Woman exonerated in murder case after 17 years
Oct 10, 2014
By LINDA DEUTSCH
AP Special Correspondent
TORRANCE, Calif. (AP) - A woman who spent 17 years in prison after being convicted of murder in the death of a homeless man was exonerated Friday by a Los Angeles County judge who said she should not spend another minute behind bars.
The courtroom burst into applause after Superior Court Judge Mark Arnold overturned the conviction of Susan Mellen, who was to be processed for release from the suburban Torrance courthouse.
Mellen had entered the courtroom in tears, and her children also wept.
The witness who claimed she heard Mellen confess was June Patti, who had a long history of giving false tips to law enforcement, according to documents in the case. She died in 2006.
Three gang members subsequently were linked to the crime, and one was convicted of the killing. Another took a polygraph test and said he was present at the bludgeon killing of Richard Daly, and Mellen was not there.
In a habeas corpus petition, O'Connor said the police detective who arrested Mellen was also responsible for a case in 1994 that resulted in the convictions of two men ultimately exonerated by innocence projects.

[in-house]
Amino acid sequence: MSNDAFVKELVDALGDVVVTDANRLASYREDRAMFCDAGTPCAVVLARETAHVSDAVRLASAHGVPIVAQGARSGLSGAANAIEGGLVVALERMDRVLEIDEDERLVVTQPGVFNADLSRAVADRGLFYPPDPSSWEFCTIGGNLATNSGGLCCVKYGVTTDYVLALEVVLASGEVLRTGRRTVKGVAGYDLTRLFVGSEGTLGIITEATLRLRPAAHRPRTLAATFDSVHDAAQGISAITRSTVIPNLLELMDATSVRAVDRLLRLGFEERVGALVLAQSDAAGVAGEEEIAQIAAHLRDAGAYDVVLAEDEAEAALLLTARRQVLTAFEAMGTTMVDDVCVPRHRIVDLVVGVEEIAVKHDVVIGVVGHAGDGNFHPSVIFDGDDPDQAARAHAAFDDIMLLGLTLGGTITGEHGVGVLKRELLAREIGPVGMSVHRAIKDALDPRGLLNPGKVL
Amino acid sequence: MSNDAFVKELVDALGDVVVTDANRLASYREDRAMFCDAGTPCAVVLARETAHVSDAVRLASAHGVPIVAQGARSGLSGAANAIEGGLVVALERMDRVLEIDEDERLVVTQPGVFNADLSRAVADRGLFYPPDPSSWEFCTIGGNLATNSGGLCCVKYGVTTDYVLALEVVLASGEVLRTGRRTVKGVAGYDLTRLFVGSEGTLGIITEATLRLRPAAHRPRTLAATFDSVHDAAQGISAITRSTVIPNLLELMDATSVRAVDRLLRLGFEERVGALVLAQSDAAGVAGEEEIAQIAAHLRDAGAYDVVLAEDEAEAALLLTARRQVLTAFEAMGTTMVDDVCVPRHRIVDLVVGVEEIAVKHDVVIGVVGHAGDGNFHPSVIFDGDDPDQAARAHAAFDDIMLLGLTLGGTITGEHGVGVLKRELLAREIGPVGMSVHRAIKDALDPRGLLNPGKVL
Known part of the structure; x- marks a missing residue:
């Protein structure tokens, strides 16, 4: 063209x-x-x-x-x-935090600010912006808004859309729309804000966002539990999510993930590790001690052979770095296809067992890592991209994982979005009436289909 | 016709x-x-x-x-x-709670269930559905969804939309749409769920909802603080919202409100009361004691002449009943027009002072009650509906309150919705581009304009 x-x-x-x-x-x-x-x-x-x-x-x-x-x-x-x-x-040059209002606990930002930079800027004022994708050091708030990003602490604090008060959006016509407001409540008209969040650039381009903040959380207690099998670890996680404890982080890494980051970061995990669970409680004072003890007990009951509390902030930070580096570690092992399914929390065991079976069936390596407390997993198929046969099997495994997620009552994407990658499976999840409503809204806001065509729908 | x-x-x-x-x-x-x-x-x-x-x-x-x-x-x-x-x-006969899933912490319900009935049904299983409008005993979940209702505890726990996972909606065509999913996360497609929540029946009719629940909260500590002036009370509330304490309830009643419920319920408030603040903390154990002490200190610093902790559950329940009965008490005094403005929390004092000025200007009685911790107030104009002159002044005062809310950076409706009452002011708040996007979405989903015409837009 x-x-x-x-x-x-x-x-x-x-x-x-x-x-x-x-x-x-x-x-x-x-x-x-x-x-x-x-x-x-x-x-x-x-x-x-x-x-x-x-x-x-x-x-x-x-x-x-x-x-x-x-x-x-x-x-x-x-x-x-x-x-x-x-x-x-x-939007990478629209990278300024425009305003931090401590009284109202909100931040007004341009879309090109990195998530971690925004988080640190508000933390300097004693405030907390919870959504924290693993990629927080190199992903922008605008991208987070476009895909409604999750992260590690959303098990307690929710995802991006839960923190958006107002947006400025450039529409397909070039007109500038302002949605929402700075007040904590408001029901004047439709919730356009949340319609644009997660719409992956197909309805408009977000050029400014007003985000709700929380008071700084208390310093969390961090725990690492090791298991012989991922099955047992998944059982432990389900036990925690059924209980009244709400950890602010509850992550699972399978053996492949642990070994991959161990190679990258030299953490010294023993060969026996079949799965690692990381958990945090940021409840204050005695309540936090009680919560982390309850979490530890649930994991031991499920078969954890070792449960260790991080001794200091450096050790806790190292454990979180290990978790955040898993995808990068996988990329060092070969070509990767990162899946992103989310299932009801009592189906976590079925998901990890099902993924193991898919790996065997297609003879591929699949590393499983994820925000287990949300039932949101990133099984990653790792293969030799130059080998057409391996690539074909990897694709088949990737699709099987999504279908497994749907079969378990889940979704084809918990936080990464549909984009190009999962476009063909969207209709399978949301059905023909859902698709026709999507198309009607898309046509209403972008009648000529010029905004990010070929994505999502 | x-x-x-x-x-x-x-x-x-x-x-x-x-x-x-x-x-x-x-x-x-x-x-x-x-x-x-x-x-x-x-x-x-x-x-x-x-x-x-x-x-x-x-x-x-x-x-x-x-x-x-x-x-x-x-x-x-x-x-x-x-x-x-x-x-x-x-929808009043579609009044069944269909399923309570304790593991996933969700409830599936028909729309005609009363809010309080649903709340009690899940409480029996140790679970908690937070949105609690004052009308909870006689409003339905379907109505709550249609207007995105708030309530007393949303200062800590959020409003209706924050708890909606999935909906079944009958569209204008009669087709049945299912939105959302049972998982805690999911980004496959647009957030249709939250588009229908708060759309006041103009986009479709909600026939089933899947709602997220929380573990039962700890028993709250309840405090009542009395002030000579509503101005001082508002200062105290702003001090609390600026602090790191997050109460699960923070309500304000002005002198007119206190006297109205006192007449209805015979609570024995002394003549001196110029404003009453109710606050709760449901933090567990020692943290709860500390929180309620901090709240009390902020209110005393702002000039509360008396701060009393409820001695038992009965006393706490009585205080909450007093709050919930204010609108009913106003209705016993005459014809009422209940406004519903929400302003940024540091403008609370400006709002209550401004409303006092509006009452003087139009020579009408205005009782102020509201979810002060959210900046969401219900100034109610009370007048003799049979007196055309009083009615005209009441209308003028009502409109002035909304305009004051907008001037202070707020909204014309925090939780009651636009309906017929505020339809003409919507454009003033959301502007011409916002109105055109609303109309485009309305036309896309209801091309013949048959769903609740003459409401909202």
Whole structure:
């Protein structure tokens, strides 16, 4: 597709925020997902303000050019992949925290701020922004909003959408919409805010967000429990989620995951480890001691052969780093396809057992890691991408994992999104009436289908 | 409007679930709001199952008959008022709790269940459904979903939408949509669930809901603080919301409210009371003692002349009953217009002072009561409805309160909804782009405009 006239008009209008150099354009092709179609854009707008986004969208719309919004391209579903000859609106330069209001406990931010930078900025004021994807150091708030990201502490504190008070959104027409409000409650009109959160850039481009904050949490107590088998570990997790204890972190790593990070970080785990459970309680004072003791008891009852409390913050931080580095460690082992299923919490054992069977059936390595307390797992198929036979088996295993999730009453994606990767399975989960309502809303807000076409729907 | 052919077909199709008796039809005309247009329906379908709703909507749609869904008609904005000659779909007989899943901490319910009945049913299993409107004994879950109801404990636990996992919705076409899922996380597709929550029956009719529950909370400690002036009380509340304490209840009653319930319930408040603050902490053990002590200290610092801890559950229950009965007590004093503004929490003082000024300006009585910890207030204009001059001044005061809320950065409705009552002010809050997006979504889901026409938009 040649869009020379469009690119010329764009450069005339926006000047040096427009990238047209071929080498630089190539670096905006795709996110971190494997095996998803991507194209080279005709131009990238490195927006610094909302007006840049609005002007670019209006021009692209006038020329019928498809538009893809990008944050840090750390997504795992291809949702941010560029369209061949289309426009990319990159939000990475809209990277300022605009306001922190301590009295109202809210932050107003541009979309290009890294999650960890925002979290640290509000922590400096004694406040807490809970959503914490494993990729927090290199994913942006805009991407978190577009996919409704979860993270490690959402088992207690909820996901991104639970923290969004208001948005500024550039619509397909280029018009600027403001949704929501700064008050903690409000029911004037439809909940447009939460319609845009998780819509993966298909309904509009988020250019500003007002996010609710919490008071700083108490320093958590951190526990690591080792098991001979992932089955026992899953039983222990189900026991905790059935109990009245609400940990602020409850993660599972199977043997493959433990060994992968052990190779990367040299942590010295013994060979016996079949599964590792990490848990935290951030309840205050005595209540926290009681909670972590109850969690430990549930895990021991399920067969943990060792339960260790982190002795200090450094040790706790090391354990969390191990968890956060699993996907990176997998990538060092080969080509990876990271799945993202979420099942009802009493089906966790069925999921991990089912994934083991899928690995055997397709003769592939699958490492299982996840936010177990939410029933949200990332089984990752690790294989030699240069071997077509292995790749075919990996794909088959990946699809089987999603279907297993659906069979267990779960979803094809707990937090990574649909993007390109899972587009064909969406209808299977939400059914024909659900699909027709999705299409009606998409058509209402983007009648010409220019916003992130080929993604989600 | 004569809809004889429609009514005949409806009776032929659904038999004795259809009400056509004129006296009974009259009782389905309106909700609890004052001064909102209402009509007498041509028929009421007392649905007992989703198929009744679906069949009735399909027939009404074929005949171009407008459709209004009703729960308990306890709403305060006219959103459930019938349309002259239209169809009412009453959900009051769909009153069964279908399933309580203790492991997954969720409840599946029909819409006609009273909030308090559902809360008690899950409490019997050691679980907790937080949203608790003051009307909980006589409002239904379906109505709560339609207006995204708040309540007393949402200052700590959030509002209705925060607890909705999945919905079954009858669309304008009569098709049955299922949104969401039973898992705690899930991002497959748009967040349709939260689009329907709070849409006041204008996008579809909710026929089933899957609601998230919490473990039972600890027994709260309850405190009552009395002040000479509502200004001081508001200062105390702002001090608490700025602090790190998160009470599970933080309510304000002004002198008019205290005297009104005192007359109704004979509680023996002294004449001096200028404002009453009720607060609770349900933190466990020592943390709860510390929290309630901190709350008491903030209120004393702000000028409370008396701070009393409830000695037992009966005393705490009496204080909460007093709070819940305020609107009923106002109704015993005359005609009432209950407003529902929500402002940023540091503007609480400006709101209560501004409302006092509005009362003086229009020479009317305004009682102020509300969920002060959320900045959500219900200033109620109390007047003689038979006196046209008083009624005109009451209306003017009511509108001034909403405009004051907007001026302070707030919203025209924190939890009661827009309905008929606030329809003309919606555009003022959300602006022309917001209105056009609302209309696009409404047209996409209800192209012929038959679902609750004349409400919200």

It said the primary evidence against Reggie Cole and Obie Anthony was the false testimony of an informant who avoided prosecution for other charges in exchange for his help.
As Mellen's family waited outside the courthouse for her release, her son, who has little memory of his mother because he was so young when she was imprisoned, opened his shirt to show reporters a broken heart he had tattooed on his chest to honor her. Donald Besch, 25 and in the Navy, said he was hoping to have some time with his mother before he is deployed overseas in a few days.
Daughter Jessica Besch, 27, said she and her fiance of eight years were waiting to get married until her mother could be at the wedding.
"We're going to go dress shopping together," she said.
Her third daughter, Julie Carroll, 39, said she looks forward to introducing her mother to Aiden, the 19-month-old grandson she had never seen.
The children were raised by their grandmother and other relatives while their mother was in prison. They said they never told friends where she was or that she had been convicted of a crime she did not commit.
Carroll said on the day of her mother's conviction, she had to tell her brother and sister that their mother would never be coming home again. "Jessica took off running down the street looking for her mother," she said.
When she finally saw her mother after not seeing her for several years, Carroll said: "You look like Grandma."
Asked if Mellen planned to sue anyone, her attorney said she had some legal recourse, but they hadn't decided whether they would take action. First, they planned to file to have her declared factually innocent.
||Truth in Justice